About $481 million is annually spent on various services for the homeless, including health care and housing, each year, in the Denver, Colorado, metro area, a figure that outpaces spending by the state on veterans affairs and on K-12 public school students.
Data from the Colorado General Assembly shows that the budget for services for the homeless in 2021 is about $481,200,000, about $13 million less than the Colorado Department of Public Safety’s budget for the year and hundreds of millions more than the budget of the Colorado Department of Military and Veterans Affairs.
According to the University of Colorado Denver and the Common Sense Institute, a non-partisan research group that focuses on the Colorado economy, anywhere between $41,679 and $104,201 is spent each year per person suffering from homelessness, while an estimated $19,202 is spent per child in public K-12 education.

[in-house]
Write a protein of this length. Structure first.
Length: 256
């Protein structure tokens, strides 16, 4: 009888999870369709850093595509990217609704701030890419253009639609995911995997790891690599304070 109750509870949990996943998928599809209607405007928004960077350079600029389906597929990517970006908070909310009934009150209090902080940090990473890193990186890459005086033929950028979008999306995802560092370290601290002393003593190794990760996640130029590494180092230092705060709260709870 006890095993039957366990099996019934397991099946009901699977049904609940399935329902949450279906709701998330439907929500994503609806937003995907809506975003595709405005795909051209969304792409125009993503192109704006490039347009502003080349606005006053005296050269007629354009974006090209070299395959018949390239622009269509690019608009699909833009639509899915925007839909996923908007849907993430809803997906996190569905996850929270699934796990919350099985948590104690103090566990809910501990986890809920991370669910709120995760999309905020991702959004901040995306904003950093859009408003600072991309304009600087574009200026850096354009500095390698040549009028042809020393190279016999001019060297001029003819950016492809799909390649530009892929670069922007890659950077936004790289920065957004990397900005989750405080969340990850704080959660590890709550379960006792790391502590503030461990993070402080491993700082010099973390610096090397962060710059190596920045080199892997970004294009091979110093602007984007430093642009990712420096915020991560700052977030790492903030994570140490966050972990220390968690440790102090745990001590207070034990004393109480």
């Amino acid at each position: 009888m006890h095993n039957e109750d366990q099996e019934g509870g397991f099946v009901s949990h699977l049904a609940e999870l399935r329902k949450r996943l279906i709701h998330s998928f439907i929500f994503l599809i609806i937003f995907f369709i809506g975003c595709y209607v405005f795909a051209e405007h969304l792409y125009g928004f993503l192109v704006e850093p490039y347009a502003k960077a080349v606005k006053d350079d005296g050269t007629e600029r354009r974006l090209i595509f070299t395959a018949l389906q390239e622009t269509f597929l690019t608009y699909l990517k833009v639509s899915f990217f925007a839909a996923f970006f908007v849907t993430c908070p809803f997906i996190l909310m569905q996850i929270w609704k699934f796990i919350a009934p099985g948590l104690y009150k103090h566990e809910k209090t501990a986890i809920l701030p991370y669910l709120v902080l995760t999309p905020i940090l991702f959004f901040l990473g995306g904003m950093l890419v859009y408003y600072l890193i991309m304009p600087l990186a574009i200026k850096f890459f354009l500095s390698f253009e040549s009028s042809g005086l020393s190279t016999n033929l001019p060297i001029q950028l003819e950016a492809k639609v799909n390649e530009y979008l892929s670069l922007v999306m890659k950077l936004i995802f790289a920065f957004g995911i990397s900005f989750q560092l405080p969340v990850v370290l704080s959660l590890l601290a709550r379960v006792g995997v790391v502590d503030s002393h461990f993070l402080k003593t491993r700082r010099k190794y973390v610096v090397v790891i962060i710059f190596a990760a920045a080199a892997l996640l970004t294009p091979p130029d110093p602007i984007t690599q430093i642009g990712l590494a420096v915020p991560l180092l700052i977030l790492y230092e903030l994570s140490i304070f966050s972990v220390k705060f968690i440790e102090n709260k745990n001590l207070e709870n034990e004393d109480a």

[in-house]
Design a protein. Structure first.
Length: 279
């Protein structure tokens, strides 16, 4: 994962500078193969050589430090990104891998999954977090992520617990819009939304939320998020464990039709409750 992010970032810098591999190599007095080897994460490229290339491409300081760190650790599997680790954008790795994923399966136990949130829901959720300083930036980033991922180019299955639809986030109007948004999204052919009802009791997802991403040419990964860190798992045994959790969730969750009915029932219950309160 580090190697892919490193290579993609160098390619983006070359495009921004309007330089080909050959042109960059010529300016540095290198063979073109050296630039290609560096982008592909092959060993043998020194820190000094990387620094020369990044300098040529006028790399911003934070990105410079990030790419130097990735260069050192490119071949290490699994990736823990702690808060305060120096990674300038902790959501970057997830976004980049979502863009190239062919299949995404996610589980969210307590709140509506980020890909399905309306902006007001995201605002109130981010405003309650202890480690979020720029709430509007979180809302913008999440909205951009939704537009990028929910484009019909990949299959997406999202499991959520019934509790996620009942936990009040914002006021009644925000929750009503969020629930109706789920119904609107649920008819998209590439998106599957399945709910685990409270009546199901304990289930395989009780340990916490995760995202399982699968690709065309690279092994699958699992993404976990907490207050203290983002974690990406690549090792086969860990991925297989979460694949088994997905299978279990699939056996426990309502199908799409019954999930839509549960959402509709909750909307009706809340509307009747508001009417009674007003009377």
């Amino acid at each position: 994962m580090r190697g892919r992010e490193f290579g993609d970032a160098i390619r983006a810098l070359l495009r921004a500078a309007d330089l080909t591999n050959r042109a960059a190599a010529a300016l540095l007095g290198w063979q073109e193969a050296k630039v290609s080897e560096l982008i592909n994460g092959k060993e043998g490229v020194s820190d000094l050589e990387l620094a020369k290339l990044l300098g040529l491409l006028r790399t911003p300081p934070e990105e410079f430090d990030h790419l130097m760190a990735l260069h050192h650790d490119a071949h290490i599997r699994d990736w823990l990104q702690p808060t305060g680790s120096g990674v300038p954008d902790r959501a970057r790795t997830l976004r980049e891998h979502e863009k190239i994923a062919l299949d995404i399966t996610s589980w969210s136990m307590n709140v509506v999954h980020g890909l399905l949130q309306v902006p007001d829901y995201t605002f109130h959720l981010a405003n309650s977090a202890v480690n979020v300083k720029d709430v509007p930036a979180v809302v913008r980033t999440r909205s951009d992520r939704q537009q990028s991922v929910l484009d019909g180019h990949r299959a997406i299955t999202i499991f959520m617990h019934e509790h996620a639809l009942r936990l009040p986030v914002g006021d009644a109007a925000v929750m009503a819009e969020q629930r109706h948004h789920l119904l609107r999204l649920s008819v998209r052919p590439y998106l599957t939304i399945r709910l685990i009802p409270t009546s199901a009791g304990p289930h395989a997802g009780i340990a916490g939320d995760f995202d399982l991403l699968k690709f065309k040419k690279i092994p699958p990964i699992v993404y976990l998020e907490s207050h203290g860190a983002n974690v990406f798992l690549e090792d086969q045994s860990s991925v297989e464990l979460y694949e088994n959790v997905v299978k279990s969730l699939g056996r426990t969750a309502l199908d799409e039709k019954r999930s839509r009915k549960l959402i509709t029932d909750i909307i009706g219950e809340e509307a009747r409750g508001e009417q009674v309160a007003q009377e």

One of the report’s co-authors, former Colorado Department of Education official Brenda Dickhoner, told the Denver Post that she thinks the amount spend on services for the homeless has been undercounted due to the difficulty in tracking and organizing municipal agencies and contributions from charitable groups. She also noted that the report focuses just on services for the homeless, and does not include the cost of government spending in other departments like fire, police and parks.
A spokesperson for Denver Mayor Michael Hancock, who earlier this week announced a five-year plan for fighting homelessness in the city, told the Post that the city does not track its spending on services for the homeless on a per-capita basis.
In a letter released along with the plan, Hancock said: “The aim of all these steps and our entire strategy is to help as many of our unhoused residents as possible to enter housing — and to stay housed. When homelessness occurs, we should do everything in our power — as a society, not just as a government — to make it brief and one-time.”
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